First Ave Manhattan
Boards & Buildings > Property Management

How do you know when it’s time to change property managers?

October 10, 2023 - 12:30AM
Written by
First Ave Manhattan
In a nutshell
Complaints from residents about your property manager's behavior or responsiveness, delayed bill payments, inadequate invoicing for collections, and frequent building violations may each be signs that it's time for a change of property management firms or the individual managing agent assigned to your building.

Your coop or condo board has a fiduciary responsibility to the community that it serves that includes ensuring that your building is being properly managed. Here are some signs that it’s time to re-evaluate your property management firm:

Residents are complaining

When your co-op or condo board gets complaints from residents that your individual property manager is rude or won’t return phone calls, they need to act. This doesn’t mean that it’s necessary to switch firms; the solution could be as easy as replacing the building’s representative.

Bills aren't being paid on time

Is your board getting late fees for not paying vendors on time, or getting calls from vendors who haven’t been paid? Buildings need their service providers to run the building and its systems to provide a safe environment for their residents. Jeopardizing the relationship with the building’s service providers due to non-payment is not an option for boards, which may be a sign that it’s time to reevaluate the property management firm.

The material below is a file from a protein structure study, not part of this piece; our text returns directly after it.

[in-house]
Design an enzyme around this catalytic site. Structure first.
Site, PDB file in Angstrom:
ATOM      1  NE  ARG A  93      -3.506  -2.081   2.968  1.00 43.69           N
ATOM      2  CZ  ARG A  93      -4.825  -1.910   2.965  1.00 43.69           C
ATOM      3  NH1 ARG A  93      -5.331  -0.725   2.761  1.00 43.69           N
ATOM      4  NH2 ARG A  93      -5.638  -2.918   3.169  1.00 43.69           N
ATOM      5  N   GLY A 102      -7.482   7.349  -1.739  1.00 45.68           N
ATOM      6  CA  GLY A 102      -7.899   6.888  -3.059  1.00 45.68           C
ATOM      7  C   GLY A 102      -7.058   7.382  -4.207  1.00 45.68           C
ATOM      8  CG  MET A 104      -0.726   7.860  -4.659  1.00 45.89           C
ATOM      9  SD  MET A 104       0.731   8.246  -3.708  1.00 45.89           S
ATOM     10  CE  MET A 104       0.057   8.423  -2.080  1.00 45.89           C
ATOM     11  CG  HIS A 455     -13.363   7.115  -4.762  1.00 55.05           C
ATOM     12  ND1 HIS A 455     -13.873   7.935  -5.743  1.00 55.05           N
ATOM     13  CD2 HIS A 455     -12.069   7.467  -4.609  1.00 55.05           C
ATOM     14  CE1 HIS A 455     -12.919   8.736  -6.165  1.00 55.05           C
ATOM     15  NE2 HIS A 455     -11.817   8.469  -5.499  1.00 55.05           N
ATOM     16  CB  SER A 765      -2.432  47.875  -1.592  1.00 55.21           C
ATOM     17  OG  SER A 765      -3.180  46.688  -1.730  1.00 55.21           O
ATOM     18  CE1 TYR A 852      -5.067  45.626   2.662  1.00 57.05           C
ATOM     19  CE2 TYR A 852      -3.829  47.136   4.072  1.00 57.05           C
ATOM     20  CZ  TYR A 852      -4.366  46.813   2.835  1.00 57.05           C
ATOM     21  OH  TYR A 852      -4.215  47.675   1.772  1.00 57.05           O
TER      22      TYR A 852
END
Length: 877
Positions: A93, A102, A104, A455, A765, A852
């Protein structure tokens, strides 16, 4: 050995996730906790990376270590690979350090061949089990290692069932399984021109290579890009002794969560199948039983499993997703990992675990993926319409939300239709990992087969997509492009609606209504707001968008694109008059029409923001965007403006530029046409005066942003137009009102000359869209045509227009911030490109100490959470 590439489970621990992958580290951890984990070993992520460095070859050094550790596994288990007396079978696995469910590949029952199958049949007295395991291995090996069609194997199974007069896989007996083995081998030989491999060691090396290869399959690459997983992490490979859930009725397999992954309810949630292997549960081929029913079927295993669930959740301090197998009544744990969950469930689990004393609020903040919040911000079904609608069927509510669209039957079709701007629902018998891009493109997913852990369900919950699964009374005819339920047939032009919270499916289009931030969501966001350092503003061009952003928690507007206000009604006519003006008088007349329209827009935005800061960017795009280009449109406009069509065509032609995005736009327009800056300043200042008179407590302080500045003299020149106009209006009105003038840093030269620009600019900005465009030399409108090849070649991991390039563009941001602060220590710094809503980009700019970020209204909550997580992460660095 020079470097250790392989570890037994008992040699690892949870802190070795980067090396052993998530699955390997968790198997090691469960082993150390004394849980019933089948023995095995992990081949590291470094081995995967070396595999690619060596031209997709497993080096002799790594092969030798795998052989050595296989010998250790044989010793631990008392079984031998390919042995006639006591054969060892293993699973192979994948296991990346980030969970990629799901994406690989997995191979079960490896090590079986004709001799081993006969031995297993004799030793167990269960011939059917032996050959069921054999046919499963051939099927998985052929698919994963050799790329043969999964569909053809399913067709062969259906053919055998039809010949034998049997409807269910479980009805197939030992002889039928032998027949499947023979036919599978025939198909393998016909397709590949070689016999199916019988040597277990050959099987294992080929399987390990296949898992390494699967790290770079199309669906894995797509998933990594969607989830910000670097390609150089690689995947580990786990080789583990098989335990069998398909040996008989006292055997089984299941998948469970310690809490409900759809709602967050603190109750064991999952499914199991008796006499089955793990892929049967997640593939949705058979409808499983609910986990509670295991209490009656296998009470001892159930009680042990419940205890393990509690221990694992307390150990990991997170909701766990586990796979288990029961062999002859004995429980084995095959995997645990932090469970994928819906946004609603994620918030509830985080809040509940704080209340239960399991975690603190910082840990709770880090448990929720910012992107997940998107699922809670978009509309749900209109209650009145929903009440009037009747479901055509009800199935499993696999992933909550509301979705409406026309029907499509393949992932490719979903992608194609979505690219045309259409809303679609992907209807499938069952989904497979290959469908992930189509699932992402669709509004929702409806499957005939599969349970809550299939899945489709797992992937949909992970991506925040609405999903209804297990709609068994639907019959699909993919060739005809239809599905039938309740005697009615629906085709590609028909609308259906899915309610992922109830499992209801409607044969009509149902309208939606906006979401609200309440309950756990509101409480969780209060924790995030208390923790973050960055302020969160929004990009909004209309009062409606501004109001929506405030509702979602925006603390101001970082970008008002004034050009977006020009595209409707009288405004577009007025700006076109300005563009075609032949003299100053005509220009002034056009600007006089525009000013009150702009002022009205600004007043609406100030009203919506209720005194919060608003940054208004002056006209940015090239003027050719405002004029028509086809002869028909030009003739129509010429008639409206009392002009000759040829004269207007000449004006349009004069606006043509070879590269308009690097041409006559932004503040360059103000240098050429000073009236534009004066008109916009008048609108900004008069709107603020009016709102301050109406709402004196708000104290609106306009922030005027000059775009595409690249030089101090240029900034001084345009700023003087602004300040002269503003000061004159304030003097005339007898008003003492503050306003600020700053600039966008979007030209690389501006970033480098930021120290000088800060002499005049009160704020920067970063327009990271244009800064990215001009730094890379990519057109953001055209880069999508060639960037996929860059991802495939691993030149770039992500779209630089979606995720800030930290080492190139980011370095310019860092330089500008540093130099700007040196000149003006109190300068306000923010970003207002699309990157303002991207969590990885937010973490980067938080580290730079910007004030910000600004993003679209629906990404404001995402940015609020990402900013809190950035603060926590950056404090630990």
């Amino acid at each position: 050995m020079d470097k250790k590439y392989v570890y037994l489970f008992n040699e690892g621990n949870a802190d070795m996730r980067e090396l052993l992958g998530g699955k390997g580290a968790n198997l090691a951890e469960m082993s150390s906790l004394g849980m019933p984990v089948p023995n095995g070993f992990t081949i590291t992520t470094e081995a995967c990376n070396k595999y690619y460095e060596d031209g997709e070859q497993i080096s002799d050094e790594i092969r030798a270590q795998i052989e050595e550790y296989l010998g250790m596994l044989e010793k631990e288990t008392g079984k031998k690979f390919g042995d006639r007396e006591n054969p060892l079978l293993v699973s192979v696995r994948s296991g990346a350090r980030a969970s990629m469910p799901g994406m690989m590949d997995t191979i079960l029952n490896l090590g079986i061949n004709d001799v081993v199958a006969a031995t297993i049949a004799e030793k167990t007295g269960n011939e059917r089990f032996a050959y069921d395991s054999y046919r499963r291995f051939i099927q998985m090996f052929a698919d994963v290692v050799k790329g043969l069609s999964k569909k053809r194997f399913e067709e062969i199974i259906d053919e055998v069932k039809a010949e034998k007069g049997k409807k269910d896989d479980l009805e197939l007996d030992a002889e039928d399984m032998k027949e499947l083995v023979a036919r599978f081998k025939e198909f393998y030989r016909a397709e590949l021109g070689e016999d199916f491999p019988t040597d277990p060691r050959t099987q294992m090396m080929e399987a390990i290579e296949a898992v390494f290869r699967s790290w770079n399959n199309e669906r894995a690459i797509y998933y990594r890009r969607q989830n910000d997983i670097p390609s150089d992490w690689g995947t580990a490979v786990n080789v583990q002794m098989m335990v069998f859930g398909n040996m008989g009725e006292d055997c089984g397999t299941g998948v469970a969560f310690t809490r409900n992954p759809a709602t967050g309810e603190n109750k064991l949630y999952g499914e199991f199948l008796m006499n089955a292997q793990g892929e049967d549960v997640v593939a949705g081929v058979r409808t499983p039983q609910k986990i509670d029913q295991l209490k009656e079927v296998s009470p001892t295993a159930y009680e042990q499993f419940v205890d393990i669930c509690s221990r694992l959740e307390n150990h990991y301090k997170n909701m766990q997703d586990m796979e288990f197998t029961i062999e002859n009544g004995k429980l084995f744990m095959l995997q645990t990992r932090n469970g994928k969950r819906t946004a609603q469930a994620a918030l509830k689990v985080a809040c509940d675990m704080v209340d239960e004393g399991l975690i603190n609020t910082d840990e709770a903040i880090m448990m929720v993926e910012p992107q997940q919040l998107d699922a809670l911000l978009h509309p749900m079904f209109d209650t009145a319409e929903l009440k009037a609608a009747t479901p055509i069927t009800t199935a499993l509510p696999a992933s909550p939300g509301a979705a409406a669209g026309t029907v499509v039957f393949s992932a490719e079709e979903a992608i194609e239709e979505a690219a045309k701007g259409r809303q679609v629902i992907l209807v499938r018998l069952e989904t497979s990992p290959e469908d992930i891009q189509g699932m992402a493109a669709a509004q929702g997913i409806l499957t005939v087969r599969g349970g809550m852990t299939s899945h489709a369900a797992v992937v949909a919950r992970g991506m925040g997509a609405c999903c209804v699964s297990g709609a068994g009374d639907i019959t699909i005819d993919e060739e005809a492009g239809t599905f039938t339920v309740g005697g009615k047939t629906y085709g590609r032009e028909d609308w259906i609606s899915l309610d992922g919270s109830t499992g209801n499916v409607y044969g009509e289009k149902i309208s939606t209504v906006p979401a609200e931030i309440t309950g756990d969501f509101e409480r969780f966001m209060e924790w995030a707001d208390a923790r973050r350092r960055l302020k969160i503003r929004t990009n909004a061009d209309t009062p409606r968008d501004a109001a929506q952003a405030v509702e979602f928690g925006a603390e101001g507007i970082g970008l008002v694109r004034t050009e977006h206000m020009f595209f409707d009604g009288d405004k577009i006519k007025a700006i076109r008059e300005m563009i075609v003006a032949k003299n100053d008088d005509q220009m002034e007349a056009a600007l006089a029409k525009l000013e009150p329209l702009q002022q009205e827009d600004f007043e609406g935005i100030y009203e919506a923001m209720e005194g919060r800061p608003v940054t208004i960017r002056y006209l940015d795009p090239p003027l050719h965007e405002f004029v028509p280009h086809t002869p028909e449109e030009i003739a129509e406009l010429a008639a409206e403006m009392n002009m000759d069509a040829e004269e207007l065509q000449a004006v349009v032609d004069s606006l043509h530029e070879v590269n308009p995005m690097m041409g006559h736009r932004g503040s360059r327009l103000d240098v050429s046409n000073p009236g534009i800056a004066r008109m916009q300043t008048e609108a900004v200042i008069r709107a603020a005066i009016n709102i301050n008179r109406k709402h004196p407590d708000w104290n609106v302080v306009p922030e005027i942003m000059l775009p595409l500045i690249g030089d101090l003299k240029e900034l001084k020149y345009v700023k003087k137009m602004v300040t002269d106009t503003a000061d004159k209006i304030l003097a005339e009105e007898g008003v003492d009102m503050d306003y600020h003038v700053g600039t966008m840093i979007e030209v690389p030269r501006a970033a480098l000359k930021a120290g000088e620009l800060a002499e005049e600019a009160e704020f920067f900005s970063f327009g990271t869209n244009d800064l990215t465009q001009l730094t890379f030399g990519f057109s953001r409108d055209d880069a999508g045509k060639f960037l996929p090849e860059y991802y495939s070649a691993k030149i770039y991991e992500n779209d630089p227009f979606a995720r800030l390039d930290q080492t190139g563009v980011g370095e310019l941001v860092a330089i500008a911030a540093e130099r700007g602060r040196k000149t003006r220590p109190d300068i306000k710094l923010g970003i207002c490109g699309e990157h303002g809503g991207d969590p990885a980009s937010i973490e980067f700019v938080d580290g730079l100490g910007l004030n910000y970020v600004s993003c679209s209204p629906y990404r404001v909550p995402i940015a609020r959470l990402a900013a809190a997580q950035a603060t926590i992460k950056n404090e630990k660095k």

Collections aren't being invoiced properly

Collections can be anything from commercial leases or rents, charges for all auxiliary services like parking spots, storage bins, bike storage, to gym membership for those who have a fitness center in their building. If your property manager fails to invoice the lessees for those amenities, this is a sign that it is time to reevaluate the situation as your building depends on that income and everyone should be treated equally. 

Your building is racking up constant violations

This can be a sign of either poor oversight or miscommunication. Missing deadlines for sending out the annual fire safety notices or filing the annual benchmarking report are signs of poor oversight. Residents calling 311 to report problems in the building is a sign of poor communication. Preventing a shareholder from reporting that their apartment is too cold by letting residents know that this should be reported to the resident manager or superintendent can save the board and property manager both time and money trying to resolve the violation.

Tina Larsson Headshot
Tina Larsson is the co-founder of The Folson Group, New York City's leading co-op and condo consultancy. A prominent speaker on proactive co-op/condo leadership and ESG matters, Tina is the author of Living the High Life: How Smart Co-op and Condo Owners Protect Themselves and Their Investment. In... [read more]